Evrim Deniz / Gazete Duvar
The two major earthquakes that struck Kahramanmaraş on February 6, 2023 affected a vast region of approximately 13.5 million people in 11 provinces in Turkey’s southeastern region. According to official figures, 50,783 people lost their lives, and nearly 5,650,000 houses were damaged. After the earthquakes, many people were forced to live in tent cities, and they have been still experiencing problems regarding accessing basic needs.
The warming weather created new problems in Adıyaman, one of the provinces devastated by earthquakes. With the onset of sweltering heat in the region, the need for cooling the tents also arose.
Women volunteers stated that the volunteer and material support that could be provided in the early stages of the earthquake decreased day by day. They added that the needs in the earthquake zones were ignored due to the interruption of the elections.
Feminist Solidarity for Disaster
Birgül Karakaş from Feminist Solidarity for Disaster said that they have set up special tents for women and children and added, “Especially the time children spend in the tents where activities are organized for them has created a lot of space for women in the region.”
Since the first days, hygiene materials have been the biggest need in the quake zone. Pads, diapers, and summer clothes are also very much needed. Especially older women cannot find plus-size clothes. As the weather gets warmer, insecticides become a crucial need in the tents, according to Karakaş.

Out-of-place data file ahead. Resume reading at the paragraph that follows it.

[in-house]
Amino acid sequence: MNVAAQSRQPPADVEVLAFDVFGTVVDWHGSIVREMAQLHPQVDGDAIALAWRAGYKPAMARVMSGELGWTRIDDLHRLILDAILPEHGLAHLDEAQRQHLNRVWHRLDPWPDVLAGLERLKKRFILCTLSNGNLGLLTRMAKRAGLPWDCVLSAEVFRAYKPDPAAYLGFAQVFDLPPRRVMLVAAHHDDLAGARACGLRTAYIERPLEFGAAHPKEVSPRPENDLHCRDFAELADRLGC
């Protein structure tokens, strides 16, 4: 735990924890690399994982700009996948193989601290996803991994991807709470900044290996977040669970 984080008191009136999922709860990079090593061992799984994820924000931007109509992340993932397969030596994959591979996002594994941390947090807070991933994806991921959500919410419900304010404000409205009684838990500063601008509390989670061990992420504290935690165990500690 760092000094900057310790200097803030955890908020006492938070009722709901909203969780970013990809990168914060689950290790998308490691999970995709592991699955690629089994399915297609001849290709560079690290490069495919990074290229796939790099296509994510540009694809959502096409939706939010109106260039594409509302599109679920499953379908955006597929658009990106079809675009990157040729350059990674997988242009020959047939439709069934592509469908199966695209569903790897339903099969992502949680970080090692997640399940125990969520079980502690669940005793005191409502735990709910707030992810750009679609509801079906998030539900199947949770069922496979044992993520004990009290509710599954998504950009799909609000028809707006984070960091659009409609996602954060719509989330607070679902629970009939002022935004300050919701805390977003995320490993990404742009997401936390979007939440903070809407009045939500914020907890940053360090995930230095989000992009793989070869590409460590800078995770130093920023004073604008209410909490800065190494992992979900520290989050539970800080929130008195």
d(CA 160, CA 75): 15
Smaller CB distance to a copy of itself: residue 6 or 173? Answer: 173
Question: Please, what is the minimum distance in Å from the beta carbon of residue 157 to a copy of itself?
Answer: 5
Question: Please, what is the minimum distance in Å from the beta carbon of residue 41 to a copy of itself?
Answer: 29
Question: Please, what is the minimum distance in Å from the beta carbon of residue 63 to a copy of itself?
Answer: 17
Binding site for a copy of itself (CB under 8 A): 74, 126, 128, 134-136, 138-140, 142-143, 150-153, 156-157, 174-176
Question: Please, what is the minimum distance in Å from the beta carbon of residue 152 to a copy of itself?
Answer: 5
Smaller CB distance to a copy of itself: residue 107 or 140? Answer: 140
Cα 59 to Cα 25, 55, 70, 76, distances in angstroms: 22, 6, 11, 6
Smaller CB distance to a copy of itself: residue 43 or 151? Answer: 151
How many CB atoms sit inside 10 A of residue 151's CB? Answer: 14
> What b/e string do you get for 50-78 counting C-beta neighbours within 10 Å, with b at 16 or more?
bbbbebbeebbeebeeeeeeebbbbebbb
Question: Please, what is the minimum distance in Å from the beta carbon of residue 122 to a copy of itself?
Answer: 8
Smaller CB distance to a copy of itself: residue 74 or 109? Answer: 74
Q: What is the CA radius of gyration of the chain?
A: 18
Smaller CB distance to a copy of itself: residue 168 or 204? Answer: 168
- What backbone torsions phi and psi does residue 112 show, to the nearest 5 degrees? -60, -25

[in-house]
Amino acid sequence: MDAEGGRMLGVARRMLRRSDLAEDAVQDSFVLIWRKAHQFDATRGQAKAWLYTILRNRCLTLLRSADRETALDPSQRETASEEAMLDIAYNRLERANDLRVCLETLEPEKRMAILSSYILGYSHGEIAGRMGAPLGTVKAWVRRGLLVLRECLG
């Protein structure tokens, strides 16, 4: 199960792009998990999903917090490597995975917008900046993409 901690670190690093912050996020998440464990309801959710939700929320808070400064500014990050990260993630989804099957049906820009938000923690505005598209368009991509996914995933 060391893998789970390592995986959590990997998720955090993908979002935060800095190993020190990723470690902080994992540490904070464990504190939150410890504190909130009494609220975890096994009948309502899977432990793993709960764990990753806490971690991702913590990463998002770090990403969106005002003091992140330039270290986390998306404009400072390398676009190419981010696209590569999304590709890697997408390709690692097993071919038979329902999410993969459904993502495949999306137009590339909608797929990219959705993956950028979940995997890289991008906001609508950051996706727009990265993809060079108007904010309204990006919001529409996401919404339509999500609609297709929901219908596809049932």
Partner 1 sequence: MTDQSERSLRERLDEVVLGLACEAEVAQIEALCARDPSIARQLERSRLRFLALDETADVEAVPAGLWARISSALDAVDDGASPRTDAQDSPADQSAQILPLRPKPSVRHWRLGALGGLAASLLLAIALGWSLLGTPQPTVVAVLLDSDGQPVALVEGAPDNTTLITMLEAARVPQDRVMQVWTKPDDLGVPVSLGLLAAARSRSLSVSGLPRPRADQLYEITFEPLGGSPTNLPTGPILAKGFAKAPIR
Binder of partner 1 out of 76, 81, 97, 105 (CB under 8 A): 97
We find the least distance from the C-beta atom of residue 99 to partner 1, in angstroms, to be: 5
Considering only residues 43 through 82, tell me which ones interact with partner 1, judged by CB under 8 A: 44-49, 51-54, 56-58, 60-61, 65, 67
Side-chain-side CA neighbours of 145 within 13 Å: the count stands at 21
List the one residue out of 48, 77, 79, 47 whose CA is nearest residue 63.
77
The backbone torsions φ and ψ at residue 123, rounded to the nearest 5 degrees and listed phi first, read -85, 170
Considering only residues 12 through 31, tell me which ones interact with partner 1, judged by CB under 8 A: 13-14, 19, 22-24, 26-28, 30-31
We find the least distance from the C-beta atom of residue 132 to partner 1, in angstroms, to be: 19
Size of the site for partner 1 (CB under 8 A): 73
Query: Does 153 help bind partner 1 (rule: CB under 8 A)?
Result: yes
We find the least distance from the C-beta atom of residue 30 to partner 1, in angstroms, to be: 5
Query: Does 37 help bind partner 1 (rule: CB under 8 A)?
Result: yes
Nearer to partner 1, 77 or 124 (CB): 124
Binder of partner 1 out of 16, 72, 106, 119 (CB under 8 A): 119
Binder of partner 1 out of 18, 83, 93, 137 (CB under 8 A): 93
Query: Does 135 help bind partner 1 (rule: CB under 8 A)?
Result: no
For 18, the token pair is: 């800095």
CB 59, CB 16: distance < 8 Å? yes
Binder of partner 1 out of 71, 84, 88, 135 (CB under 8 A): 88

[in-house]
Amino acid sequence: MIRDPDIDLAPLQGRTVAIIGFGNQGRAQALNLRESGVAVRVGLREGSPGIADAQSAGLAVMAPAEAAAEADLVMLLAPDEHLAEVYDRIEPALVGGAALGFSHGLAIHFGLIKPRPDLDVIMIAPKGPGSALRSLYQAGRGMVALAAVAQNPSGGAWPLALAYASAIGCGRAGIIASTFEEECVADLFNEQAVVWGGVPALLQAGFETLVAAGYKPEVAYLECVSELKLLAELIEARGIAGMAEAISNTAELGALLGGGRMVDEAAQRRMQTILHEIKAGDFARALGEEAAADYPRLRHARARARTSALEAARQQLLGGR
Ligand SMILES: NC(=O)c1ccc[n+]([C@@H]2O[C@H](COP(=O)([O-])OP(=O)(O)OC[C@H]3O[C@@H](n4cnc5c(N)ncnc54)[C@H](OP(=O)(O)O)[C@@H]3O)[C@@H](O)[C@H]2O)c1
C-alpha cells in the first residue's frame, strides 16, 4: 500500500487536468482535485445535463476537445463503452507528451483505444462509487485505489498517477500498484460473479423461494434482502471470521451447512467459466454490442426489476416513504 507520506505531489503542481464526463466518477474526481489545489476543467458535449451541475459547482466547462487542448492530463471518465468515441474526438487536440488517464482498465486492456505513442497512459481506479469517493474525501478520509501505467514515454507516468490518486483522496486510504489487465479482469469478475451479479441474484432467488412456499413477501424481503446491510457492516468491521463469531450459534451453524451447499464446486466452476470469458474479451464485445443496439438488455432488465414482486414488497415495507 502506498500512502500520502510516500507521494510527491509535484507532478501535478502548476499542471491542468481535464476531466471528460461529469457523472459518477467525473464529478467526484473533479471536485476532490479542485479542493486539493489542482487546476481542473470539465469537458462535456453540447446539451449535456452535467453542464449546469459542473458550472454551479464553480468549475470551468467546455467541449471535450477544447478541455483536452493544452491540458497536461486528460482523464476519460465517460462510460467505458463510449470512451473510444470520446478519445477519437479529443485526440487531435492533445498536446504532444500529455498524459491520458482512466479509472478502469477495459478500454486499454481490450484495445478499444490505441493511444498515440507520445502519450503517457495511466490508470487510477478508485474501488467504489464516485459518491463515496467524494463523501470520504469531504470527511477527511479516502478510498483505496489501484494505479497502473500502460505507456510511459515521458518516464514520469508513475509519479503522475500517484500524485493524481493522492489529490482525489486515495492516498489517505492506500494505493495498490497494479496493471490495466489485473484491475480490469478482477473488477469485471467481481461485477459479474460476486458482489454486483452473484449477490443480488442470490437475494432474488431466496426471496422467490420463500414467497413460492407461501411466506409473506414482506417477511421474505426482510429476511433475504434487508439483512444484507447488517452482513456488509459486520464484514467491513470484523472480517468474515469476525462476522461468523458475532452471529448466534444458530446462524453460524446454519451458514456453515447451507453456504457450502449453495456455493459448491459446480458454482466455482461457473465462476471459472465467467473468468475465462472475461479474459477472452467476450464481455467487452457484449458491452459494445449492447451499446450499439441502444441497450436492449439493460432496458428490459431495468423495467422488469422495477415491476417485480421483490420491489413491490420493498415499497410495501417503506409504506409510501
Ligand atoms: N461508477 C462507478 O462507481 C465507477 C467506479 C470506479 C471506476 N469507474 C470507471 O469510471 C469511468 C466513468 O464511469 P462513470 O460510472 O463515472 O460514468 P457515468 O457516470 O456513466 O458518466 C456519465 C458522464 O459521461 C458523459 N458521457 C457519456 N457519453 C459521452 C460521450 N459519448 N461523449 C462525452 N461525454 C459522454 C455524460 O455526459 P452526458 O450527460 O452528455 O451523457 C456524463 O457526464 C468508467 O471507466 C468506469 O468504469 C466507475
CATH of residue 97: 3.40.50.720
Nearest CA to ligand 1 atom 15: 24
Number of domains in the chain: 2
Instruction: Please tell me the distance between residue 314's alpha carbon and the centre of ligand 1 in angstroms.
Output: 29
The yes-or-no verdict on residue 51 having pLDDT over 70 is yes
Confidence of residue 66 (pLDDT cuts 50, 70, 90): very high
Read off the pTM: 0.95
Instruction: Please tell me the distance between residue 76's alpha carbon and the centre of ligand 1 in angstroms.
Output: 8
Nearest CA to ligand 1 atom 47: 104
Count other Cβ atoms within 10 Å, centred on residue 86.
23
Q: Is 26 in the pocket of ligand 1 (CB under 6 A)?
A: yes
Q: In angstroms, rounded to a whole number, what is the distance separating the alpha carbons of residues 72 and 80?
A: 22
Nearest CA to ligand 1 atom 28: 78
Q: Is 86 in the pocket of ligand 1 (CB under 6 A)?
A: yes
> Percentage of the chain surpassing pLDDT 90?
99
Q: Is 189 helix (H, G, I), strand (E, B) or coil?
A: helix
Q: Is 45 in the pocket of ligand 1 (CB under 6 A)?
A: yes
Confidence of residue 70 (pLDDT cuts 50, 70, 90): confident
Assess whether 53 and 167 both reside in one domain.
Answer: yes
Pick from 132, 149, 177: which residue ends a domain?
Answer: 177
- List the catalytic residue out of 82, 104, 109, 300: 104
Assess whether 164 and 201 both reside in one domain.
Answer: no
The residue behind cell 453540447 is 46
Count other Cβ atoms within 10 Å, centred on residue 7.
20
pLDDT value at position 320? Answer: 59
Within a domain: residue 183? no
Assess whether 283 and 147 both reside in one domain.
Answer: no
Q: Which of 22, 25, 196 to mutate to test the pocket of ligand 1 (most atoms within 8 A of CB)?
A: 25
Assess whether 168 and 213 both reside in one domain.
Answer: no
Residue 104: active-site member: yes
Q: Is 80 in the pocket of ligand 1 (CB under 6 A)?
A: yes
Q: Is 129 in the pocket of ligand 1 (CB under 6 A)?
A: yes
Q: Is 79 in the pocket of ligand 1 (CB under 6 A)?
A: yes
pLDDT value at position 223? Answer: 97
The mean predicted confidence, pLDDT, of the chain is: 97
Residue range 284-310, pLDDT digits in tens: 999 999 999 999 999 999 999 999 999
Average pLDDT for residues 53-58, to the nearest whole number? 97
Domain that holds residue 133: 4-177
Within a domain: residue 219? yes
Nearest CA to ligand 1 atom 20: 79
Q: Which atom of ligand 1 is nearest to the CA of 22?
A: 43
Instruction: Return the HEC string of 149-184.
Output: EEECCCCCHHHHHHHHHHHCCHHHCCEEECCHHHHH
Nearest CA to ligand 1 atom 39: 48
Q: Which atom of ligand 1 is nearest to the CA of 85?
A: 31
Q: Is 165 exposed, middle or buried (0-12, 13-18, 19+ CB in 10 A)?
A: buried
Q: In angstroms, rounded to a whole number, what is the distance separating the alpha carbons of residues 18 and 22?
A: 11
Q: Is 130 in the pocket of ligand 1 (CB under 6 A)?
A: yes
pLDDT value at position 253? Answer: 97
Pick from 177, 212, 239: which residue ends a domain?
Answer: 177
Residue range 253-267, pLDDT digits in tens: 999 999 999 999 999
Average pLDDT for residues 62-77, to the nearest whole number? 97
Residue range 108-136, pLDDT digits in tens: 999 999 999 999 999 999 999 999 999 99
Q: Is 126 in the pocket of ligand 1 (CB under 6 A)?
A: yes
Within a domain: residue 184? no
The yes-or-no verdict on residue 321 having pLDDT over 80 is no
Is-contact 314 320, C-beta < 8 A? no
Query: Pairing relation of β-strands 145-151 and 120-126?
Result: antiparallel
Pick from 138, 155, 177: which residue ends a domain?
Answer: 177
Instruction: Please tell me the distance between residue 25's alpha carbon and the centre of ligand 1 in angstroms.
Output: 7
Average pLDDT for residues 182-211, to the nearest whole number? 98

Karakaş stated that the fact that the toilet areas are far from the tent camps poses a problem for the safety of women and that the lack of lighting in the city and tent cities also undermines the safety of women.
Karakaş said that women continue to move to the tent camp established by volunteers due to the strong solidarity networks. She also added that clean drinking water is one of the most basic needs in Adıyaman as there is no municipal water supply.
Woman State of Soliditary Association
Woman State of Soliditary Association (DAKAHDER) has also been on the filed with volunteer women from day one to provide basic needs such as shelter, hygiene materials, food, and drinking water in earthquake zones.
Sevda Çetinkaya from DAKAHDER stated, "Gender inequality is reorganized through women's lives in the aftermath of disasters. The first response after the earthquake was organized without considering the specific needs of women. Women's organizations, gender studies groups, and feminists acted independently and established solidarity groups to meet these needs."
Çetinkya said that many women in the villages and tent camps need psychological support and added, “Some women said they were ashamed to survive after the catastrophe, unable to mourn their loss, or even to cry. Many have symptoms of depression. Women cannot share their anxieties and fears with their families, they are isolated, and they have trouble sleeping.”
Life is not easy for women who had to start from scratch in tents after the earthquake. There is already a division of labor in the tents that reinforces gender roles and inequality. Women who have suffered losses in the earthquake are expected to continue their pre-earthquake responsibilities such as childcare and cleaning in the tent, according to Çetinkaya.
Referring to the negative reactions against the survivors due to high support for the government in the May 14 elections, Çetinkaya said, "The disappointment and anger in the country after the May 14 elections were directed towards the earthquake victims living in the disaster areas. However, humanitarian aid and solidarity are unconditional and gratuitous, they do not discriminate.”
(English version by Can Bodrumlu)